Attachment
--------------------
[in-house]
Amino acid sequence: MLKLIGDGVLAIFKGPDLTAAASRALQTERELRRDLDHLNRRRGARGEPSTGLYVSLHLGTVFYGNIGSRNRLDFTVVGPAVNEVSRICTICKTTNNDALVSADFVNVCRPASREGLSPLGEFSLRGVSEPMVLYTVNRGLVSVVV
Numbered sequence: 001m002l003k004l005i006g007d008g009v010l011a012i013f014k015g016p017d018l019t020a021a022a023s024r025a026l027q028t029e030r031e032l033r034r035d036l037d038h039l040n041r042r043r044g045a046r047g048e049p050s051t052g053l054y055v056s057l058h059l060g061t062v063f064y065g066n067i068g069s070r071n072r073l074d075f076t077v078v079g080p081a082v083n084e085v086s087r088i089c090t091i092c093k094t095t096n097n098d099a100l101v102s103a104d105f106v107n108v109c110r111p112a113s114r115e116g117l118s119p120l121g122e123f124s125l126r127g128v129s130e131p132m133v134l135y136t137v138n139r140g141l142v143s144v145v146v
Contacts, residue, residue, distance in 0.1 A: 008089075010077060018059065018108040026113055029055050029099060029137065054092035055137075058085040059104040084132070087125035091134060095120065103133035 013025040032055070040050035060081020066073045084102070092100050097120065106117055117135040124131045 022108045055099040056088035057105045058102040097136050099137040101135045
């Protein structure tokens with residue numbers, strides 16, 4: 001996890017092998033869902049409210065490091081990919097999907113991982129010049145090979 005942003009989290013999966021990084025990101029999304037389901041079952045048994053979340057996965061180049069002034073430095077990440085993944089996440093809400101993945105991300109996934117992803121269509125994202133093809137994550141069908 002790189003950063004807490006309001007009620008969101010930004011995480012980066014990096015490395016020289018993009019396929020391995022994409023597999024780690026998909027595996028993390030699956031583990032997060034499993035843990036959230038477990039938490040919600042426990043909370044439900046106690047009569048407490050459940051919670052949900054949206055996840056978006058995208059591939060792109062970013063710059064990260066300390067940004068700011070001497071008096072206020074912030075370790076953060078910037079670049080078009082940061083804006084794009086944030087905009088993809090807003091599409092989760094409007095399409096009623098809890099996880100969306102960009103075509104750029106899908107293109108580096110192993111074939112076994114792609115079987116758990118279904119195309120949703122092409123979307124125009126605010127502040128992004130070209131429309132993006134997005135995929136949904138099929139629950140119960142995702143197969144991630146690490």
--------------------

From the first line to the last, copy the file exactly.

[in-house]
Amino acid sequence: MLKLIGDGVLAIFKGPDLTAAASRALQTERELRRDLDHLNRRRGARGEPSTGLYVSLHLGTVFYGNIGSRNRLDFTVVGPAVNEVSRICTICKTTNNDALVSADFVNVCRPASREGLSPLGEFSLRGVSEPMVLYTVNRGLVSVVV
Numbered sequence: 001m002l003k004l005i006g007d008g009v010l011a012i013f014k015g016p017d018l019t020a021a022a023s024r025a026l027q028t029e030r031e032l033r034r035d036l037d038h039l040n041r042r043r044g045a046r047g048e049p050s051t052g053l054y055v056s057l058h059l060g061t062v063f064y065g066n067i068g069s070r071n072r073l074d075f076t077v078v079g080p081a082v083n084e085v086s087r088i089c090t091i092c093k094t095t096n097n098d099a100l101v102s103a104d105f106v107n108v109c110r111p112a113s114r115e116g117l118s119p120l121g122e123f124s125l126r127g128v129s130e131p132m133v134l135y136t137v138n139r140g141l142v143s144v145v146v
Contacts, residue, residue, distance in 0.1 A: 008089075010077060018059065018108040026113055029055050029099060029137065054092035055137075058085040059104040084132070087125035091134060095120065103133035 013025040032055070040050035060081020066073045084102070092100050097120065106117055117135040124131045 022108045055099040056088035057105045058102040097136050099137040101135045
């Protein structure tokens with residue numbers, strides 16, 4: 001996890017092998033869902049409210065490091081990919097999907113991982129010049145090979 005942003009989290013999966021990084025990101029999304037389901041079952045048994053979340057996965061180049069002034073430095077990440085993944089996440093809400101993945105991300109996934117992803121269509125994202133093809137994550141069908 002790189003950063004807490006309001007009620008969101010930004011995480012980066014990096015490395016020289018993009019396929020391995022994409023597999024780690026998909027595996028993390030699956031583990032997060034499993035843990036959230038477990039938490040919600042426990043909370044439900046106690047009569048407490050459940051919670052949900054949206055996840056978006058995208059591939060792109062970013063710059064990260066300390067940004068700011070001497071008096072206020074912030075370790076953060078910037079670049080078009082940061083804006084794009086944030087905009088993809090807003091599409092989760094409007095399409096009623098809890099996880100969306102960009103075509104750029106899908107293109108580096110192993111074939112076994114792609115079987116758990118279904119195309120949703122092409123979307124125009126605010127502040128992004130070209131429309132993006134997005135995929136949904138099929139629950140119960142995702143197969144991630146690490």